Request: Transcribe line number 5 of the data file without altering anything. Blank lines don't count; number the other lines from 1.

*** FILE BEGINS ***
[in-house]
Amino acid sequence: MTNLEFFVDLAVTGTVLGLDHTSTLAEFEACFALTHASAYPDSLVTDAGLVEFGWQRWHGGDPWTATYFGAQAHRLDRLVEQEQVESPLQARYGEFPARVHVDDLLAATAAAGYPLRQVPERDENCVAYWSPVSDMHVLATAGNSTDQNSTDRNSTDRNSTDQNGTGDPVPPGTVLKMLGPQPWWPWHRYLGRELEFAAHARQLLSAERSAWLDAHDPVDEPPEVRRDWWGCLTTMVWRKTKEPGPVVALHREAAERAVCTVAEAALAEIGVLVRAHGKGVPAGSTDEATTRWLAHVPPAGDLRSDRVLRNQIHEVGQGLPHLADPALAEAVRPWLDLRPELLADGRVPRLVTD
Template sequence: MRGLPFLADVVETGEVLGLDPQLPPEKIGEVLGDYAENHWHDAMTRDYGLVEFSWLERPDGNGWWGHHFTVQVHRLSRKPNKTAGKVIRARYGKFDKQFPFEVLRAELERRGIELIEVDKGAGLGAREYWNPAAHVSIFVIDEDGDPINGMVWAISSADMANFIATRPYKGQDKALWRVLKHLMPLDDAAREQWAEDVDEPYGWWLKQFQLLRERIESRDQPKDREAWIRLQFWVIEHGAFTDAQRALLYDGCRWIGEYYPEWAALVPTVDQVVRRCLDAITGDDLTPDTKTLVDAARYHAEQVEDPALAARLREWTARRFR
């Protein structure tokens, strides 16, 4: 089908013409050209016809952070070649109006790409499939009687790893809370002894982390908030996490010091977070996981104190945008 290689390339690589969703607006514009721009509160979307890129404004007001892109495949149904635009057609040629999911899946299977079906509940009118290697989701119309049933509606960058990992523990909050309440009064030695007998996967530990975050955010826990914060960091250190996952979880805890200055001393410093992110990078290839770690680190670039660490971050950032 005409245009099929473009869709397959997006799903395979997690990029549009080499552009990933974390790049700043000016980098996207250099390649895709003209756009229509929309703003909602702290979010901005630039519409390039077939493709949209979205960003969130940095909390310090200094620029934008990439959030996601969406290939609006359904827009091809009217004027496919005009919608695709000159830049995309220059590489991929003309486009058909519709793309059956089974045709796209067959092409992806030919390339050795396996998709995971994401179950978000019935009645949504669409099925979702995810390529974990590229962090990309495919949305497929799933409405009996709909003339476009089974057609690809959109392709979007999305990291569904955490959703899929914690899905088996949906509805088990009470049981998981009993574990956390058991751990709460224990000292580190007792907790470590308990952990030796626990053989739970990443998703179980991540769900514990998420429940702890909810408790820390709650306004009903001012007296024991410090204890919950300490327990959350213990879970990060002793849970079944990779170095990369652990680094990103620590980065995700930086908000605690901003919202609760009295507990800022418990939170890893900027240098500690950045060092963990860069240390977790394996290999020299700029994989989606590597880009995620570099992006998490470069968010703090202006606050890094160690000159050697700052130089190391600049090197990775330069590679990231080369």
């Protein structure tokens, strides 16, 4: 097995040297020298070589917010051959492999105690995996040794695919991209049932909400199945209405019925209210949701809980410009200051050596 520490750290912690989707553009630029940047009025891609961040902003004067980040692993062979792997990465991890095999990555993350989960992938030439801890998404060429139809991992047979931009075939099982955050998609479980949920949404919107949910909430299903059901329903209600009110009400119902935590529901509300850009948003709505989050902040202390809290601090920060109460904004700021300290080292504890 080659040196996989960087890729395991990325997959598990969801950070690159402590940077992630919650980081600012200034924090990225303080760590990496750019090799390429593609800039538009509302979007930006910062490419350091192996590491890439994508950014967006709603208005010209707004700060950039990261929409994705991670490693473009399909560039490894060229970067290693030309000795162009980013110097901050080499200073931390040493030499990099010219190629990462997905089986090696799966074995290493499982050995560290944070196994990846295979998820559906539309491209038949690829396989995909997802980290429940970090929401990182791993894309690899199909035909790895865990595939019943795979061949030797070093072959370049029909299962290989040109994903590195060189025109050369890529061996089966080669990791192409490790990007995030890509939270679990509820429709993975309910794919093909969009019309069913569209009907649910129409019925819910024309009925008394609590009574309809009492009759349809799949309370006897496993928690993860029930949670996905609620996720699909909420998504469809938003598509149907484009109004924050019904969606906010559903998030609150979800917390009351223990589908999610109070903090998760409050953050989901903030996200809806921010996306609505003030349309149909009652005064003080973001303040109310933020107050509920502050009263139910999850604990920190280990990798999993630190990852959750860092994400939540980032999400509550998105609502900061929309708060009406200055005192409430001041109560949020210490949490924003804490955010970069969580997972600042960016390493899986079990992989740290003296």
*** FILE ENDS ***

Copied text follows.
């Protein structure tokens, strides 16, 4: 097995040297020298070589917010051959492999105690995996040794695919991209049932909400199945209405019925209210949701809980410009200051050596 520490750290912690989707553009630029940047009025891609961040902003004067980040692993062979792997990465991890095999990555993350989960992938030439801890998404060429139809991992047979931009075939099982955050998609479980949920949404919107949910909430299903059901329903209600009110009400119902935590529901509300850009948003709505989050902040202390809290601090920060109460904004700021300290080292504890 080659040196996989960087890729395991990325997959598990969801950070690159402590940077992630919650980081600012200034924090990225303080760590990496750019090799390429593609800039538009509302979007930006910062490419350091192996590491890439994508950014967006709603208005010209707004700060950039990261929409994705991670490693473009399909560039490894060229970067290693030309000795162009980013110097901050080499200073931390040493030499990099010219190629990462997905089986090696799966074995290493499982050995560290944070196994990846295979998820559906539309491209038949690829396989995909997802980290429940970090929401990182791993894309690899199909035909790895865990595939019943795979061949030797070093072959370049029909299962290989040109994903590195060189025109050369890529061996089966080669990791192409490790990007995030890509939270679990509820429709993975309910794919093909969009019309069913569209009907649910129409019925819910024309009925008394609590009574309809009492009759349809799949309370006897496993928690993860029930949670996905609620996720699909909420998504469809938003598509149907484009109004924050019904969606906010559903998030609150979800917390009351223990589908999610109070903090998760409050953050989901903030996200809806921010996306609505003030349309149909009652005064003080973001303040109310933020107050509920502050009263139910999850604990920190280990990798999993630190990852959750860092994400939540980032999400509550998105609502900061929309708060009406200055005192409430001041109560949020210490949490924003804490955010970069969580997972600042960016390493899986079990992989740290003296």